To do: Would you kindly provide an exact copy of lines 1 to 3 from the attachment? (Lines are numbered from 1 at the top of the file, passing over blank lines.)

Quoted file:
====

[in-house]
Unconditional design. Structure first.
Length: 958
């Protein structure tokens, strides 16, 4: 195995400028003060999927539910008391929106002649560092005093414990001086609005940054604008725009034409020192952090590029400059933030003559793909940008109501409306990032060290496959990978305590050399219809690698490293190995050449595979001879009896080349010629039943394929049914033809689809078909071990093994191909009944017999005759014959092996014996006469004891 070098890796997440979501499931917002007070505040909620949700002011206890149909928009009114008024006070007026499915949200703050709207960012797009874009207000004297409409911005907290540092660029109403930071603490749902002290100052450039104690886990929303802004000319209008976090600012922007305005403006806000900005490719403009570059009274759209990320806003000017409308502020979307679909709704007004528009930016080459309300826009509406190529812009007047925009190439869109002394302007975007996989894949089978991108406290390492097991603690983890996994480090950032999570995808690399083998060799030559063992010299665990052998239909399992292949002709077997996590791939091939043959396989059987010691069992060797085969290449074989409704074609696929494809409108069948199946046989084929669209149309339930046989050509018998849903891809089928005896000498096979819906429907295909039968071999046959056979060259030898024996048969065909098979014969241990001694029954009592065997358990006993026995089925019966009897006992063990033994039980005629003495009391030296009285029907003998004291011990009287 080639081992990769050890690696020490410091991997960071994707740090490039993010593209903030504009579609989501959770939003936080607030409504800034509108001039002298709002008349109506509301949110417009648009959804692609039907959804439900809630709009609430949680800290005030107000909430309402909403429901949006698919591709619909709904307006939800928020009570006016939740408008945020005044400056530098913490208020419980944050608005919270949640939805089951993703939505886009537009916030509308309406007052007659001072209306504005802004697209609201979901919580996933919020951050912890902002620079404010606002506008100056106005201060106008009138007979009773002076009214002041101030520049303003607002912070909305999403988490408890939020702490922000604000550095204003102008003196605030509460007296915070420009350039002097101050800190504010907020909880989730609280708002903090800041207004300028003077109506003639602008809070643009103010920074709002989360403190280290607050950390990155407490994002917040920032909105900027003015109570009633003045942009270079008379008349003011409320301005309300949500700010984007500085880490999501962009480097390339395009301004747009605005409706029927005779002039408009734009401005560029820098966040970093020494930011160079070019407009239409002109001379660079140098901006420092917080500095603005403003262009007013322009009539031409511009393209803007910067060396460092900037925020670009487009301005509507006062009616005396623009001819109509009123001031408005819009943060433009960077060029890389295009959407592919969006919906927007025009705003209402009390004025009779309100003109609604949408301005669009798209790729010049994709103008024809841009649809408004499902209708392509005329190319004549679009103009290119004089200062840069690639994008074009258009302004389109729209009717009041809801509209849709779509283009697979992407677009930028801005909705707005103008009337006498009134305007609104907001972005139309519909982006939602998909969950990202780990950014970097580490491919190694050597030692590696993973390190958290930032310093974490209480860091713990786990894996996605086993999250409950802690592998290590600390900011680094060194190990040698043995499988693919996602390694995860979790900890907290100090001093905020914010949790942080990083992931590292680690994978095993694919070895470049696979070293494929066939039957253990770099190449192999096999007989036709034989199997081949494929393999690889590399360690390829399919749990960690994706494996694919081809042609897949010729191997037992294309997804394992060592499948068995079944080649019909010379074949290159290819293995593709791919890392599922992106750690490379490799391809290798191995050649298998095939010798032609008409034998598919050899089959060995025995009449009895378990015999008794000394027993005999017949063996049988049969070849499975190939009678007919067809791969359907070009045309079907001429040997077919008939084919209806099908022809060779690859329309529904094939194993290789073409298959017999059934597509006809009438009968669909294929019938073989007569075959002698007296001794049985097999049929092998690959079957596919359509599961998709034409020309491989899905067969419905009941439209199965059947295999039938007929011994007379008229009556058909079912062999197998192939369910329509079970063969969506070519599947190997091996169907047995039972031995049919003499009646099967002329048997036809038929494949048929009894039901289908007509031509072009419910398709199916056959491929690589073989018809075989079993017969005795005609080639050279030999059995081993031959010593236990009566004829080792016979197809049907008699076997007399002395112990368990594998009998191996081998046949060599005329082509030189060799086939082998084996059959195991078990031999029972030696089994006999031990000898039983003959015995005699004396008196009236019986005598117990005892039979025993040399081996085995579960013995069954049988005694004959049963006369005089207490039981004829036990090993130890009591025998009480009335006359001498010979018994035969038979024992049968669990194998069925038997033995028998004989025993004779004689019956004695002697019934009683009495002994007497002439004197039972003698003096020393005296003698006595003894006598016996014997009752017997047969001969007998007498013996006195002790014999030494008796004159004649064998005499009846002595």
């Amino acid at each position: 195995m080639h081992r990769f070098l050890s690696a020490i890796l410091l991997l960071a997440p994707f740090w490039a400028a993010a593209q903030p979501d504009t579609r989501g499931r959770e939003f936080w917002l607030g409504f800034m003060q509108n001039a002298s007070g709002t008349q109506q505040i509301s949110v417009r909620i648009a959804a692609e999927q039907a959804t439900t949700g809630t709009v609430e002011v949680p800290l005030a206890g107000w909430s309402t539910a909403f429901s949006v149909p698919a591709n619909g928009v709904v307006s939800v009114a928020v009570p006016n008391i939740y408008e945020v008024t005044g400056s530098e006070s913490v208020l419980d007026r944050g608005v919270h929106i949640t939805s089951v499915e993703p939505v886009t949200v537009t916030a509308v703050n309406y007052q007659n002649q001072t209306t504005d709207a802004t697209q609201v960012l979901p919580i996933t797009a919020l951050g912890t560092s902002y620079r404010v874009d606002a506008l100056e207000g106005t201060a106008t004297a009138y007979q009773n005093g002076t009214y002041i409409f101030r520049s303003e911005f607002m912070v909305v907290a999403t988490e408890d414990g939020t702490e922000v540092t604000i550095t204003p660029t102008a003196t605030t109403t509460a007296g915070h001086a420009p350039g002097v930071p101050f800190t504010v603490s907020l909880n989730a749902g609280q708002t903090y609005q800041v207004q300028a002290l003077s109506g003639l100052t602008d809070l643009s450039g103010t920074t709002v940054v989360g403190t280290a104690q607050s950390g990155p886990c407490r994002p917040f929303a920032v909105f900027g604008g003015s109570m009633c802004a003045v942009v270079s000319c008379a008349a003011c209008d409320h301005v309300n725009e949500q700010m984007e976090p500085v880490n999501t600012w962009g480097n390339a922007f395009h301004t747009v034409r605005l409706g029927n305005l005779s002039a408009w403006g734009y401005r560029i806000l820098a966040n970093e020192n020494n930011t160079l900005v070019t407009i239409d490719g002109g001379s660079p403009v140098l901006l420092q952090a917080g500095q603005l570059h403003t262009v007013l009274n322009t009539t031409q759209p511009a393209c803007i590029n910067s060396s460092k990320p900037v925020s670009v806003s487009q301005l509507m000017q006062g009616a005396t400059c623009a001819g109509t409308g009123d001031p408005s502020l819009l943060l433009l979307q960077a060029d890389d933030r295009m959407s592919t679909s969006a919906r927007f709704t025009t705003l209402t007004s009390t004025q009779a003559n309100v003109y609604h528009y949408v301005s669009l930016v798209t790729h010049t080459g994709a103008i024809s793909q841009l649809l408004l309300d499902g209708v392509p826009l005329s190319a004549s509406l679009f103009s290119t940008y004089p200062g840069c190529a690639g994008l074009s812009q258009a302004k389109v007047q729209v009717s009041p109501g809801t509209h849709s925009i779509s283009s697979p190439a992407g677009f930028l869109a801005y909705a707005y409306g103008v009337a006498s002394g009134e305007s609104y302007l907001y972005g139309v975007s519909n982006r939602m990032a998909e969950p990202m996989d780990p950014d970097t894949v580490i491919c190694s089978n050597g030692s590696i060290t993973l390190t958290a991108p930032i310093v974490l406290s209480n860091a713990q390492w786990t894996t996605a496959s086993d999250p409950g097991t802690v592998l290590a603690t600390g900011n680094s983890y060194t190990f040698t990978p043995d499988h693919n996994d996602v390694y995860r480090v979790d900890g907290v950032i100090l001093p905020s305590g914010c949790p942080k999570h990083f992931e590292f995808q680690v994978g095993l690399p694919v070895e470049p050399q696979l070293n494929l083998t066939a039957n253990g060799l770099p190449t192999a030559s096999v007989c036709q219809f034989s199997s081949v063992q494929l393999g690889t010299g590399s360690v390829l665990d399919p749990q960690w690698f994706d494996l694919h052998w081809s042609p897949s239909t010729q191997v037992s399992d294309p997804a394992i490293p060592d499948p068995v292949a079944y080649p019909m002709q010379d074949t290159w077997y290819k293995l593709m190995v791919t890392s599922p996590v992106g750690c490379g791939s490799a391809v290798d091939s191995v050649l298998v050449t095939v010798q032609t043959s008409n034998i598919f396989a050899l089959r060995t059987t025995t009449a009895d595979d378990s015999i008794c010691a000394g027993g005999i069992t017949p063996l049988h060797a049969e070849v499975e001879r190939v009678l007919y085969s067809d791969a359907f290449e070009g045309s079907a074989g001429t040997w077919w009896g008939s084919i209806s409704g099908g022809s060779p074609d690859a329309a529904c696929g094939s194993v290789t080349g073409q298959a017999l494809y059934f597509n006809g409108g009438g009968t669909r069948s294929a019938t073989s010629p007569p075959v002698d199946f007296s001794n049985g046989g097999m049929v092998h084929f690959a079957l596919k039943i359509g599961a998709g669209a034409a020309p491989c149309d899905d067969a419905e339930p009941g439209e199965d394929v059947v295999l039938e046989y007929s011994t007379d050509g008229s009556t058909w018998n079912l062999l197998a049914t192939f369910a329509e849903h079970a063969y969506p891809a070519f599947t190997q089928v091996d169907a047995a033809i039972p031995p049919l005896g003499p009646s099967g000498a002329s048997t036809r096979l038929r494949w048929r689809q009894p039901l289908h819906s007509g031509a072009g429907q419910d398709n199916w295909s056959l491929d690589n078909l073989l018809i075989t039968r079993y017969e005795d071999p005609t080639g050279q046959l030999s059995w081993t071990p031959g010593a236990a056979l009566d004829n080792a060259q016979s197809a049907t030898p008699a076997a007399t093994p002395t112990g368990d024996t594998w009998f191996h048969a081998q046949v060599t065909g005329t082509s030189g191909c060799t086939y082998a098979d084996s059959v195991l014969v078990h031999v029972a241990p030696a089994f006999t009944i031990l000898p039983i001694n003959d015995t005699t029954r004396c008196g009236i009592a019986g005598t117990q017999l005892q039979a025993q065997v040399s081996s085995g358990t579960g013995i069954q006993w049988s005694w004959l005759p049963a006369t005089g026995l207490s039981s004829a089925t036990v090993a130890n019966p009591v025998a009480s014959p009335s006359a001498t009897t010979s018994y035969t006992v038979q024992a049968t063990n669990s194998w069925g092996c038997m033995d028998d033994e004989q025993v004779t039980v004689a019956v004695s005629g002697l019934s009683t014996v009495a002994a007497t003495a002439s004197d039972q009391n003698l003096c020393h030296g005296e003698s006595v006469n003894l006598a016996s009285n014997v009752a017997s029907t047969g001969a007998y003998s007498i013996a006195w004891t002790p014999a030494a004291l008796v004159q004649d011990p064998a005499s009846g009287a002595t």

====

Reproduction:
[in-house]
Unconditional design. Structure first.
Length: 958